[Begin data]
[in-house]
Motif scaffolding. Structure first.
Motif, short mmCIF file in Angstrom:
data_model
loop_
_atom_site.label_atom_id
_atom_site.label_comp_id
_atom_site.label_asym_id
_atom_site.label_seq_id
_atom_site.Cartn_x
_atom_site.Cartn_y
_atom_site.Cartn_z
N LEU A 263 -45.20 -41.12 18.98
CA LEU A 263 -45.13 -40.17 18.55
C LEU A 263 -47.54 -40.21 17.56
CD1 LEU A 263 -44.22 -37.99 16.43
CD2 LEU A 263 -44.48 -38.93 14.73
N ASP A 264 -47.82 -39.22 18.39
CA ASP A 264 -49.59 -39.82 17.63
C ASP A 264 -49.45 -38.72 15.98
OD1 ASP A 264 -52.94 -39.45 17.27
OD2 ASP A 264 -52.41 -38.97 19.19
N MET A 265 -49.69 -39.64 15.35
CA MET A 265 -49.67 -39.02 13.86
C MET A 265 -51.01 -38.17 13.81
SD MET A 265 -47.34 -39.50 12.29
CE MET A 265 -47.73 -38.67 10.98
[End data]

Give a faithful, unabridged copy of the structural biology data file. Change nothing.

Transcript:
[in-house]
Motif scaffolding. Structure first.
Motif, short mmCIF file in Angstrom:
data_model
loop_
_atom_site.label_atom_id
_atom_site.label_comp_id
_atom_site.label_asym_id
_atom_site.label_seq_id
_atom_site.Cartn_x
_atom_site.Cartn_y
_atom_site.Cartn_z
N LEU A 263 -45.20 -41.12 18.98
CA LEU A 263 -45.13 -40.17 18.55
C LEU A 263 -47.54 -40.21 17.56
CD1 LEU A 263 -44.22 -37.99 16.43
CD2 LEU A 263 -44.48 -38.93 14.73
N ASP A 264 -47.82 -39.22 18.39
CA ASP A 264 -49.59 -39.82 17.63
C ASP A 264 -49.45 -38.72 15.98
OD1 ASP A 264 -52.94 -39.45 17.27
OD2 ASP A 264 -52.41 -38.97 19.19
N MET A 265 -49.69 -39.64 15.35
CA MET A 265 -49.67 -39.02 13.86
C MET A 265 -51.01 -38.17 13.81
SD MET A 265 -47.34 -39.50 12.29
CE MET A 265 -47.73 -38.67 10.98